Rumored $99 iTV Could Pave Way for $2,000 Apple-Connected Television
“The problem with innovation in the TV industry is the go-to-market strategy. The TV industry has a subsidized model that gives everyone a set-top box for free. So no one wants to buy a box. Ask TiVo, ask Roku, ask us…or ask Google (GOOG) in a few months.”
That was how Apple CEO Steve Jobs answered a question about Apple TV and the future of the television interface at D8. “The television industry fundamentally has a subsidized business model that gives everyone a set-top box, and that pretty much undermines innovation in the sector,” he said. “The only way this is going to change is if you start from scratch, tear up the box, redesign and get it to the consumer in a way that they want to buy it.”
And who better to do this than Apple (AAPL)? The company has arguably already done it for the personal computer, the portable music player and the cell phone. Why not the TV as well?
In a Monday note to clients, Piper Jaffray analyst Gene Munster suggests the company will do just that in the next two to four years, but only after it launches a new cloud-centric version of Apple TV.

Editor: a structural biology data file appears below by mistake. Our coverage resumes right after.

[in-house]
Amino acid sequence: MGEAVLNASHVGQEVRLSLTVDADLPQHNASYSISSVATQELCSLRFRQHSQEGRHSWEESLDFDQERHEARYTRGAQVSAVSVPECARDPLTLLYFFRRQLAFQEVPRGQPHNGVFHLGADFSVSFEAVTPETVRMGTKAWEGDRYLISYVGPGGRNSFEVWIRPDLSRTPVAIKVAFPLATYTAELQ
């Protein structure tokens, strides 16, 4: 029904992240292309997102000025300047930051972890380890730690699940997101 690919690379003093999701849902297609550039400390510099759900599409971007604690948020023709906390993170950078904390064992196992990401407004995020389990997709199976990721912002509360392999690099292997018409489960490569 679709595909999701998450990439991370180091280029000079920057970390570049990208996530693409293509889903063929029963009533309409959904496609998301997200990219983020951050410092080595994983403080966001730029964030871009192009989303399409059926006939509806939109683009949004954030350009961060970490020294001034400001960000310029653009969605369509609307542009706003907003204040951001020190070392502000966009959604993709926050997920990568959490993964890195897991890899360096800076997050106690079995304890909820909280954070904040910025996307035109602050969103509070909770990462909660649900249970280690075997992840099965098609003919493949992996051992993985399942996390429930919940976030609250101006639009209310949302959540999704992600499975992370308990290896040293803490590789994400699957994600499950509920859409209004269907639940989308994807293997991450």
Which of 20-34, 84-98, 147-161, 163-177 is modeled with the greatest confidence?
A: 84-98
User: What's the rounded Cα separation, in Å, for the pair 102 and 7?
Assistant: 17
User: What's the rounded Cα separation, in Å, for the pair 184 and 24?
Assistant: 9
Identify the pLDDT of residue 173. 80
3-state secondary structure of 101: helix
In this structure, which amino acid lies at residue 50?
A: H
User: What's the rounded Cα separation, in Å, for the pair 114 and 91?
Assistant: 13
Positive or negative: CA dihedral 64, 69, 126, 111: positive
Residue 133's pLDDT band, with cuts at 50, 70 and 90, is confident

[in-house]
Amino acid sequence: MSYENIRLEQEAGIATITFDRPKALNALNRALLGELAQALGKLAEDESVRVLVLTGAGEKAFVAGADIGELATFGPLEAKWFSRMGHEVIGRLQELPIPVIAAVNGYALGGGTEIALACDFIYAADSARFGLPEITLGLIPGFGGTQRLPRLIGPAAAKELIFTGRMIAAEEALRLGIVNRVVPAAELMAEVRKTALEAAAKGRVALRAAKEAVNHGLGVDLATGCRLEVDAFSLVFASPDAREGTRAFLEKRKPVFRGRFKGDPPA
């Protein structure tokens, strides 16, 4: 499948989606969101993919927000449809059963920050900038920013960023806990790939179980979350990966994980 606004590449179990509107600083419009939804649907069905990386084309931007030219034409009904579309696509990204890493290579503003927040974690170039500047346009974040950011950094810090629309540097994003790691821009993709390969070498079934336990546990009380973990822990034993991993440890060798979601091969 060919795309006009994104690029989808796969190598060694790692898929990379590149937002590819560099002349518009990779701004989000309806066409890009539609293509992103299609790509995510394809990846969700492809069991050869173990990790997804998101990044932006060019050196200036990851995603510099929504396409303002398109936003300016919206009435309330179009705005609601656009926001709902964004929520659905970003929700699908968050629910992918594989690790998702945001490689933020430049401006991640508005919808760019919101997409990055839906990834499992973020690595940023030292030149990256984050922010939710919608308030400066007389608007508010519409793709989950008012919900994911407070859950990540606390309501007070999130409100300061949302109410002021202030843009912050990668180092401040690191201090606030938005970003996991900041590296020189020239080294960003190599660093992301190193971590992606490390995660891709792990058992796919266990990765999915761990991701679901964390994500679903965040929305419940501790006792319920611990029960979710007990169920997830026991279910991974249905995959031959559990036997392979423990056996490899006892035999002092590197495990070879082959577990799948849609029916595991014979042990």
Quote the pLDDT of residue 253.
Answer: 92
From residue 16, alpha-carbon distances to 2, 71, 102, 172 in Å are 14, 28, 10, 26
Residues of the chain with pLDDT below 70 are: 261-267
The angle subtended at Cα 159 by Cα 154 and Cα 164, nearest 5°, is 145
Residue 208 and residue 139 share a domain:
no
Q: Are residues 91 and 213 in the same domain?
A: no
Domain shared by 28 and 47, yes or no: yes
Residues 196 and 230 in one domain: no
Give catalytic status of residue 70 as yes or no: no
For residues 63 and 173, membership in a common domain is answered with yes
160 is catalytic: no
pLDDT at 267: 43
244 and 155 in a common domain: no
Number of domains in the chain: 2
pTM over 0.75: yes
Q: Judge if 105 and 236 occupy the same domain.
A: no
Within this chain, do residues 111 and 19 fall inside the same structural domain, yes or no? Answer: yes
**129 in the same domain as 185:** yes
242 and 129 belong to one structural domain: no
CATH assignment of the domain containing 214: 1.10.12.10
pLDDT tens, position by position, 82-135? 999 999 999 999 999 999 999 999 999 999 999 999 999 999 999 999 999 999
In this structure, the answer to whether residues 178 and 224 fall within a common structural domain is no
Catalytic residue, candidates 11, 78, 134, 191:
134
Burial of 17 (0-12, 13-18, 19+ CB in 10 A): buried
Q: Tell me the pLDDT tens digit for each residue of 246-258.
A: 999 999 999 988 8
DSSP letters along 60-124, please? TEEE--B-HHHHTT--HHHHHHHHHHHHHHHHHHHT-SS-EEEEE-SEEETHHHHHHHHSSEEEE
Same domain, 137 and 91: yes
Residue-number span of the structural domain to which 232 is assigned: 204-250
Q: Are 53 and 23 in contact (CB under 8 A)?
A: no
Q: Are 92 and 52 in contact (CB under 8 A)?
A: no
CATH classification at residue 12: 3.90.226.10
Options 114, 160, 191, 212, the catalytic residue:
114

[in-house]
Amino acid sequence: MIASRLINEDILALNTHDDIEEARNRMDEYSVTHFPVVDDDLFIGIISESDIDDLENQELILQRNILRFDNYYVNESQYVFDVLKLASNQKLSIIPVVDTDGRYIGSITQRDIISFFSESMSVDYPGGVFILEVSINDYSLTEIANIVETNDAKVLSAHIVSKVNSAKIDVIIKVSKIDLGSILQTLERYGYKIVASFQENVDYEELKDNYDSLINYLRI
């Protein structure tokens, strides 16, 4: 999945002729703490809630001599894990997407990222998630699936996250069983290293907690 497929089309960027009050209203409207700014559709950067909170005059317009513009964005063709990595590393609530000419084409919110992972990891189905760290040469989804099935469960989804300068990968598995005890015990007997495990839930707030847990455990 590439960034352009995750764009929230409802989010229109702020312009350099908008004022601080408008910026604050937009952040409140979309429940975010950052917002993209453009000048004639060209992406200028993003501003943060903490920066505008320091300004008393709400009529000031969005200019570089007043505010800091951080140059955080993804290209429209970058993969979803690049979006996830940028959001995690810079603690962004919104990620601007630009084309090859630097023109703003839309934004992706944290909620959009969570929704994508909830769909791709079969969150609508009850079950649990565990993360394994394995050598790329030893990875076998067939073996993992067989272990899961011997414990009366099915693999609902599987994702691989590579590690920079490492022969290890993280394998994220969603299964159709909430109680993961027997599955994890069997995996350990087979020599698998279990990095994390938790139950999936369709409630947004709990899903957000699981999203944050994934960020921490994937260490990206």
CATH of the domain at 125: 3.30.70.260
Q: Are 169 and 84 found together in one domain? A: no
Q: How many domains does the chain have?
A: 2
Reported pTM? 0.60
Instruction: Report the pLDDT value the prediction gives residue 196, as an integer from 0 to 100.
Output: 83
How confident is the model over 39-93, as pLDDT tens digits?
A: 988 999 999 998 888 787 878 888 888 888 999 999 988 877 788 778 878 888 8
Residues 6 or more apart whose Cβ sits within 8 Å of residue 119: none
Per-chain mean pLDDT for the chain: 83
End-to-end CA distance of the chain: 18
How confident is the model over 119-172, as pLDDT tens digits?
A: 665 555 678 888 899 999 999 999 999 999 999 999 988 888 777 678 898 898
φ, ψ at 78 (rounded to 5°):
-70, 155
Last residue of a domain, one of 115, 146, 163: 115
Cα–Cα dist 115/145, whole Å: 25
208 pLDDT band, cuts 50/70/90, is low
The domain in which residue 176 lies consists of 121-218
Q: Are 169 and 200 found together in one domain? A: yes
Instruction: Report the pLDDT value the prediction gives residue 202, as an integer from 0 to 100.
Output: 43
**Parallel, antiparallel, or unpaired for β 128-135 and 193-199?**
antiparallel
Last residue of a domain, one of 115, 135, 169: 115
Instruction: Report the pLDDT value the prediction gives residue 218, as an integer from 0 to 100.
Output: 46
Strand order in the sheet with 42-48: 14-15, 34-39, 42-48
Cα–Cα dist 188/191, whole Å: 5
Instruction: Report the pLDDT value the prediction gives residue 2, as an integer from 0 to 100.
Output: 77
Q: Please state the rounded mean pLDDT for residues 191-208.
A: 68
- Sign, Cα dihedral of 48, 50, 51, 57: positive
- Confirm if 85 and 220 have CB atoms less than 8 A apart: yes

“Apple has recently developed a data center in Maiden, N.C., that we believe could serve as the hub of a cloud-based service for iTunes video,” Munster wrote. “With Apple’s growing family of connected devices (iPhone, iPad, iPod touch, Apple TV and Macs) it only makes sense that Apple would deliver a cloud-based media service to leverage its competitive advantage in the space: devices. As part of this, we expect Apple to update the Apple TV product in the coming months with limited storage, a lower price, an app store and a focus on accessing content over the Internet.”
Munster believes this device, the rumored $99 iTV, will be a stepping stone toward an all-in-one connected television, something Apple could position as a replacement for the typical home entertainment system and for which it could charge a premium–$1,800 to $2,000.
That might seem like a daunting price at first, but keep in mind that paying it would allow you to replace an entire entertainment system with a single TV. Add to that an App Store that would enhance it with games and other apps, as well as an iTunes TV subscription offering, and you’ve got a pretty compelling device. Says Munster, “We believe an all-in-one Apple Television solution would provide an ease of use that many consumers are looking for. Apple could also bring its software expertise to the television market and provide for themselves an immediate advantage against its competition (primarily hardware makers). As connected TVs gain traction, we believe software will be a critical selling point, and Apple could offer best-in-class software on an Apple Television.”